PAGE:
What the heck happened in between?
It’s a topsy-turvy world in this fifth installment of the “Purge” horror franchise, which takes place in a dystopian future in which the American government has instituted an annual, 12-hour, overnight “blood holiday,” called the Purge, during which all crime — including murder — is temporarily legal. It’s like an emotional sinus flush, or so the thinking goes, cleansing the pent-up mucus of rage some of us carry around in our heads so that we can all breathe easier — or at least those of us who imagine that killing someone would accomplish that.
Yes, ew. As with the other films, there’s plenty of bloodletting here, shown in often gruesome close-up, and with an occasional creative touch. But there are a couple of differences between this chapter of the saga and the previous films: For one thing, when the Purge depicted in the first half-hour of the film has ended — after what most law-abiding citizens refer to as a “lockdown,” giving a creepy new meaning to a term that’s lately become commonplace — the Purge doesn’t end. An underground network of violent nationalists, united under the slogan “Ever After,” has decided to “purify” the country of anyone other than natural-born Americans, whatever that means.
In this film — which struggles to justify its lurid fascination with mayhem by burnishing the plot with a patina of class and racial awareness — that means they start with the undocumented Mexican immigrants. Juan, who has taken a job as a ranch hand working for the wealthy Texas Tucker clans, whose scion Dylan (Josh Lucas) is a thinly veiled bigot, is soon running for his life. Not from the Tuckers, several of whose grateful lives he saves when a disgruntled worker kills the family patriarch (Will Patton), but from the leader of the local Purification faction (Jeffrey Doornbos).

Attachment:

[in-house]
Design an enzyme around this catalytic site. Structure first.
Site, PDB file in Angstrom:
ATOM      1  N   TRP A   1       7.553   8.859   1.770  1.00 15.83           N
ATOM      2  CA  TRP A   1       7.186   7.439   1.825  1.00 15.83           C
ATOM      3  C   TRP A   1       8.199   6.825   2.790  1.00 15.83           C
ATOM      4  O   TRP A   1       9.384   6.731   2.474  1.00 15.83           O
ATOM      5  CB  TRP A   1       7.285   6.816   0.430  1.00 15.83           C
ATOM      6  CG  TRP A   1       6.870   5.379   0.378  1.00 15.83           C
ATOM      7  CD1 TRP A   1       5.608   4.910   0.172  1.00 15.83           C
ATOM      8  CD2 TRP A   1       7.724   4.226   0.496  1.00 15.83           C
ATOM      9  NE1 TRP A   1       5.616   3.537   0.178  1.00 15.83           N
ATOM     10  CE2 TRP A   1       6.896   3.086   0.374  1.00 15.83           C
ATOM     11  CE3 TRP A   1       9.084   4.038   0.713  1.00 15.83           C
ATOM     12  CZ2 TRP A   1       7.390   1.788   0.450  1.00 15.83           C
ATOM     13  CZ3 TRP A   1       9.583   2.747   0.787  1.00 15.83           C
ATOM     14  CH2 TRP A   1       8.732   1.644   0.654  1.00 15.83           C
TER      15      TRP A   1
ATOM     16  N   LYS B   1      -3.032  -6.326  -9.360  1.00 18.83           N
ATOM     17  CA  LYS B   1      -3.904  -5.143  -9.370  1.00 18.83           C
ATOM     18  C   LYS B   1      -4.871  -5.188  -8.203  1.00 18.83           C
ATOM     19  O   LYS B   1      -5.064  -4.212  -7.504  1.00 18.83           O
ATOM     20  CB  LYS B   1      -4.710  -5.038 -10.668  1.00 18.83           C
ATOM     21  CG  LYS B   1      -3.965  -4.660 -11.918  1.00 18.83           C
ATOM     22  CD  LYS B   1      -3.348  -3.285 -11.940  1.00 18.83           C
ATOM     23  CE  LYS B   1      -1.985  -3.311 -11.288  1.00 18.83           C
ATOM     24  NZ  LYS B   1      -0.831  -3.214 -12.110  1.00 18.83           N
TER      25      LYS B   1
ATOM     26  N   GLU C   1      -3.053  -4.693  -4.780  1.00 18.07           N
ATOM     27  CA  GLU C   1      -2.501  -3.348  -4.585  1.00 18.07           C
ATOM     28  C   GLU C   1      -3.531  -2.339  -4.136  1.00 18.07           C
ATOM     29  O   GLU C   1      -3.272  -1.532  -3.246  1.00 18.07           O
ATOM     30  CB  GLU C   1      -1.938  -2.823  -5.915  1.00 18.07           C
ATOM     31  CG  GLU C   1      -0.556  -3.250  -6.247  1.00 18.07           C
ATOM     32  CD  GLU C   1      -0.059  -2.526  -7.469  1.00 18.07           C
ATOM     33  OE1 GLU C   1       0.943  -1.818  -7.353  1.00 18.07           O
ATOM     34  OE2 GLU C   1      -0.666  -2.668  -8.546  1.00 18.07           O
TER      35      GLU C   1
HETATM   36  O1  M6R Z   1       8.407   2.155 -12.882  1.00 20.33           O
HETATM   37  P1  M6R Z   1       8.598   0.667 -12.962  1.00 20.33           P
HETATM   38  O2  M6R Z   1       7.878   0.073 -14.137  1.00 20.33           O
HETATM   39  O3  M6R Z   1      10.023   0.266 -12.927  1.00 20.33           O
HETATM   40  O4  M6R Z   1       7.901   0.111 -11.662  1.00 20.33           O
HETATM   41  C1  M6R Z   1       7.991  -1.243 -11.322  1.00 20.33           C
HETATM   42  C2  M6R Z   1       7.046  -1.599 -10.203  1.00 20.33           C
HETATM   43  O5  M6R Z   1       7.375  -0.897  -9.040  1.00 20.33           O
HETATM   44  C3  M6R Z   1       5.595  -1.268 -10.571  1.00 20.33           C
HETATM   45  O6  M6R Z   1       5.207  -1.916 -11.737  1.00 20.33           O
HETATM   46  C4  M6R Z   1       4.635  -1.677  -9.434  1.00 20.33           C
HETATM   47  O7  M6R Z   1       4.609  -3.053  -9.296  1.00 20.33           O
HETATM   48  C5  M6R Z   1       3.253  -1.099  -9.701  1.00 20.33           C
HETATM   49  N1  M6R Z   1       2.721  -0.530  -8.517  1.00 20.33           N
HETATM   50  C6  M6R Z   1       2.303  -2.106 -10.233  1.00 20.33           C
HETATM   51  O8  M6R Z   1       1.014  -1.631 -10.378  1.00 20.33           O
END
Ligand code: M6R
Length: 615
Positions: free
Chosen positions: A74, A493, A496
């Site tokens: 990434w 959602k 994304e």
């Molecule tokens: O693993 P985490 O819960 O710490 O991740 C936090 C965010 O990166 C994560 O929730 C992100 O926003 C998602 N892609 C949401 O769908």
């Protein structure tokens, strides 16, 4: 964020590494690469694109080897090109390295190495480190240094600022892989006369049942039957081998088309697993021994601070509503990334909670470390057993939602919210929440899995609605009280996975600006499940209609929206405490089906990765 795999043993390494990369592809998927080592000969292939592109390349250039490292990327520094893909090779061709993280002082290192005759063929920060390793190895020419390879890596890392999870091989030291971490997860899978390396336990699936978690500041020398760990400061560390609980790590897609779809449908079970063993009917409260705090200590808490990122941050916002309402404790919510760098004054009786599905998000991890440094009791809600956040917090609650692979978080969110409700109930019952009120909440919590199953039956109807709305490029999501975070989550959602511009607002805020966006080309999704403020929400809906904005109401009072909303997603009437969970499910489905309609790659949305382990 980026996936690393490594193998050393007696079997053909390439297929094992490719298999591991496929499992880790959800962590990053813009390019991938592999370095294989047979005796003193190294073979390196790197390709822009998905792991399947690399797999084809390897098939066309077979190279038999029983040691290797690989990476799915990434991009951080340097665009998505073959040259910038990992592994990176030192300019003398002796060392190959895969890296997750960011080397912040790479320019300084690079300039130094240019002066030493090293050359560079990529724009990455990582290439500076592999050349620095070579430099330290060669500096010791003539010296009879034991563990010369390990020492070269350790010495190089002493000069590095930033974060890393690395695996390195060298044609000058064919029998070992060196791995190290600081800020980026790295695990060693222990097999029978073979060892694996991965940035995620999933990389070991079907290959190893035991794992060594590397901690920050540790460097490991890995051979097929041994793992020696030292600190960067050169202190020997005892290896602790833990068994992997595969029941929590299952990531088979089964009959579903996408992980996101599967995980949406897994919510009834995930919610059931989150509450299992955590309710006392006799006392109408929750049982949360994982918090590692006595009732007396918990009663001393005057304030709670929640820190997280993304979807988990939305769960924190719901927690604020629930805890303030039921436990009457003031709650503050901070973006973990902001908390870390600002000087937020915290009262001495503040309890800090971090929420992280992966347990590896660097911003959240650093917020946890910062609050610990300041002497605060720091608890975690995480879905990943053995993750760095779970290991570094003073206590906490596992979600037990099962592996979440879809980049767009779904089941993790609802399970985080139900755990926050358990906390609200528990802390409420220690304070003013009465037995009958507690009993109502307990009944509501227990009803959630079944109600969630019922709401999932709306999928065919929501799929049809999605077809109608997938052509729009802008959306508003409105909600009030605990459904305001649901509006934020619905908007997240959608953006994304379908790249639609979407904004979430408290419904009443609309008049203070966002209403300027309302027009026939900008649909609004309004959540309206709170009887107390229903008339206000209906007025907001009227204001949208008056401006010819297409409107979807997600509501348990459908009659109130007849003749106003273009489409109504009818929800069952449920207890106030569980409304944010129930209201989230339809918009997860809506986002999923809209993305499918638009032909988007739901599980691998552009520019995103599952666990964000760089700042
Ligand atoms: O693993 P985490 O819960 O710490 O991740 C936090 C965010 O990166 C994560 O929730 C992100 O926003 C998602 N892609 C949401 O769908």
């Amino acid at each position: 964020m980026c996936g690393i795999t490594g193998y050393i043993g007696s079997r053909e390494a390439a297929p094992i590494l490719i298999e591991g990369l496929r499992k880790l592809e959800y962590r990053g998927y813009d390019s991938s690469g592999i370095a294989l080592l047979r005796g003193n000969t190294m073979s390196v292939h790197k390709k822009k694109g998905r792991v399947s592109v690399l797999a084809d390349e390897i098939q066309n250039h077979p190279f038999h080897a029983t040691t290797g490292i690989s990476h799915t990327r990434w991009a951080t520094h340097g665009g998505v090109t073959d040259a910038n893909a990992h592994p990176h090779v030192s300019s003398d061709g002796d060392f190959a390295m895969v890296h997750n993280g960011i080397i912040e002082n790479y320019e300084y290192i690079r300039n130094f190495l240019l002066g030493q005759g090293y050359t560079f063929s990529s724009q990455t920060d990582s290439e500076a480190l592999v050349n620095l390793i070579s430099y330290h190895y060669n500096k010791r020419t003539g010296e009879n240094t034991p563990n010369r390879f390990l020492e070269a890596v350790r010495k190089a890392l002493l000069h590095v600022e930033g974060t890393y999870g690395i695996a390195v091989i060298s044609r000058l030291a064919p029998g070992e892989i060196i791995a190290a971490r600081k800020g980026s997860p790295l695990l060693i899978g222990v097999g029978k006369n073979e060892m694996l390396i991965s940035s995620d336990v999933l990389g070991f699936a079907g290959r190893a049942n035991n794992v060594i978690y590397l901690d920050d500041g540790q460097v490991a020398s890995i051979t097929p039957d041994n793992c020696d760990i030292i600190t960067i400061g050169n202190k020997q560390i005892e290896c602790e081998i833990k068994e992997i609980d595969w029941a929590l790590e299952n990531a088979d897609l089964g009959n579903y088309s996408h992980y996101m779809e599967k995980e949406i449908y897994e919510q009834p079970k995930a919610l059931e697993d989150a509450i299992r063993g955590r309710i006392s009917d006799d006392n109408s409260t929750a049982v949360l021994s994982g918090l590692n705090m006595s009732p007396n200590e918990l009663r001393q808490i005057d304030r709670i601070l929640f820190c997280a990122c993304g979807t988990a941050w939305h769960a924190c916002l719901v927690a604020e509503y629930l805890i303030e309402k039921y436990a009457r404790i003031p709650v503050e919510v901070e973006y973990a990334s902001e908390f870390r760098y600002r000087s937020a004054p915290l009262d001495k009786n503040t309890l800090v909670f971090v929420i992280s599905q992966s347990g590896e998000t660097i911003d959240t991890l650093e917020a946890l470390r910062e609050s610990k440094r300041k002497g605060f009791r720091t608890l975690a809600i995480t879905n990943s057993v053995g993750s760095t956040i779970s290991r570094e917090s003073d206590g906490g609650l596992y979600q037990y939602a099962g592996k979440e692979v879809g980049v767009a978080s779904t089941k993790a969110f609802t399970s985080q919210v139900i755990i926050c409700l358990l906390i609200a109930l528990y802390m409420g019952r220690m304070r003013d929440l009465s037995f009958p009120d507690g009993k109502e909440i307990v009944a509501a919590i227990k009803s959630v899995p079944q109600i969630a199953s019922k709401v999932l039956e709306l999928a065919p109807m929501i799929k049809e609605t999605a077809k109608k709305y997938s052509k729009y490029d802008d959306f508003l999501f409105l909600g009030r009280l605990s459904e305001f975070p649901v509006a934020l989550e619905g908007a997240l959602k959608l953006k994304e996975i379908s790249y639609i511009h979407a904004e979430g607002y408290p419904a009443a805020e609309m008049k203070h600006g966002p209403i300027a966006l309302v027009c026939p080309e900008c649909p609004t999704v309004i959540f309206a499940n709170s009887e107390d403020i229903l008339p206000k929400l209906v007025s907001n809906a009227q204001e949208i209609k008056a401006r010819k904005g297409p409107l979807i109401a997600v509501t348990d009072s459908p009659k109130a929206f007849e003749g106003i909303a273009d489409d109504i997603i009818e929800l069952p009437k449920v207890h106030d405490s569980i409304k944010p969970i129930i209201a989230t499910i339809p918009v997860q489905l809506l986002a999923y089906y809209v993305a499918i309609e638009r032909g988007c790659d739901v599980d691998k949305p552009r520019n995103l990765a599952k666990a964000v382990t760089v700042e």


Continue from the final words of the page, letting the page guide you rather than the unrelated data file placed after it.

Juan, Adela, Dylan and his family have soon joined forces and begin making a beeline for the border, where the Mexican government, in a spirit of altruism, has declared a six-hour border amnesty for Americans — and anyone else — who wants to get the heck out of Dodge. Can you feel a kumbaya moment coming?
Not so fast.
There’s a gauntlet that still needs to be run, through “Mad Max”-style marauders in goggles and leather, and riding souped-up ATV’s with military-grade weapons. This is, after all, Texas.
There’s a nugget of . . . maybe not wisdom, but something gristly worth chewing on here, if you have the stomach to stick your hand into gaping intestines, pull it out and wipe off the blood. I wouldn’t call it food for thought, but it gives “Forever” a slightly higher nutritional value than some of its predecessors. It’s a question whose answer is obvious, but it’s still worth asking. Who are the real Americans here: the self-described “patriots” running around shooting people, or the people who, with or without a green card, are willing to help their neighbors?
R. At area theaters. Contains strong, bloody violence and crude language throughout. 103 minutes